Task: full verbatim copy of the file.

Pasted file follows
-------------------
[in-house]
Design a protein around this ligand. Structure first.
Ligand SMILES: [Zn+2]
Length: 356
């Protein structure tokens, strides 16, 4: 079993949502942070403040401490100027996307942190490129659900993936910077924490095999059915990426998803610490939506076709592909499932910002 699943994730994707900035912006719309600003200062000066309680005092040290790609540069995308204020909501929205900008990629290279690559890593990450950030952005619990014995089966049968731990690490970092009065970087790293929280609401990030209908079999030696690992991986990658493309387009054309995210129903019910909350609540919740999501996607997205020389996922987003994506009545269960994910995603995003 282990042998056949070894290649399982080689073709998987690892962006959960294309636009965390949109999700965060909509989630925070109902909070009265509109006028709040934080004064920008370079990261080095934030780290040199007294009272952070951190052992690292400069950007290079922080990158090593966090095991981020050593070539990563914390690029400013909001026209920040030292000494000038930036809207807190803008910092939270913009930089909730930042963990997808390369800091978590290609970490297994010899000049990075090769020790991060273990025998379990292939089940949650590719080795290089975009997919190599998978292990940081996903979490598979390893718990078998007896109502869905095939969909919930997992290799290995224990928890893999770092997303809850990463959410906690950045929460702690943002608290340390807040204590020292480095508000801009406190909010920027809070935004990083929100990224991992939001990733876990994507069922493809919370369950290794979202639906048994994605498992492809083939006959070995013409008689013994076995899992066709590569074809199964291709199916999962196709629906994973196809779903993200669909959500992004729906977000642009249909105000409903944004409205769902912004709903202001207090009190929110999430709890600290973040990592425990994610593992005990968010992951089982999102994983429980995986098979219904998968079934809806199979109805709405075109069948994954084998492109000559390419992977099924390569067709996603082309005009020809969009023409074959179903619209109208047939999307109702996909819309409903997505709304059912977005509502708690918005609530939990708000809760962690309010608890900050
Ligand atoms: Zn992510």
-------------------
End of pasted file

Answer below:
[in-house]
Design a protein around this ligand. Structure first.
Ligand SMILES: [Zn+2]
Length: 356
């Protein structure tokens, strides 16, 4: 079993949502942070403040401490100027996307942190490129659900993936910077924490095999059915990426998803610490939506076709592909499932910002 699943994730994707900035912006719309600003200062000066309680005092040290790609540069995308204020909501929205900008990629290279690559890593990450950030952005619990014995089966049968731990690490970092009065970087790293929280609401990030209908079999030696690992991986990658493309387009054309995210129903019910909350609540919740999501996607997205020389996922987003994506009545269960994910995603995003 282990042998056949070894290649399982080689073709998987690892962006959960294309636009965390949109999700965060909509989630925070109902909070009265509109006028709040934080004064920008370079990261080095934030780290040199007294009272952070951190052992690292400069950007290079922080990158090593966090095991981020050593070539990563914390690029400013909001026209920040030292000494000038930036809207807190803008910092939270913009930089909730930042963990997808390369800091978590290609970490297994010899000049990075090769020790991060273990025998379990292939089940949650590719080795290089975009997919190599998978292990940081996903979490598979390893718990078998007896109502869905095939969909919930997992290799290995224990928890893999770092997303809850990463959410906690950045929460702690943002608290340390807040204590020292480095508000801009406190909010920027809070935004990083929100990224991992939001990733876990994507069922493809919370369950290794979202639906048994994605498992492809083939006959070995013409008689013994076995899992066709590569074809199964291709199916999962196709629906994973196809779903993200669909959500992004729906977000642009249909105000409903944004409205769902912004709903202001207090009190929110999430709890600290973040990592425990994610593992005990968010992951089982999102994983429980995986098979219904998968079934809806199979109805709405075109069948994954084998492109000559390419992977099924390569067709996603082309005009020809969009023409074959179903619209109208047939999307109702996909819309409903997505709304059912977005509502708690918005609530939990708000809760962690309010608890900050
Ligand atoms: Zn992510």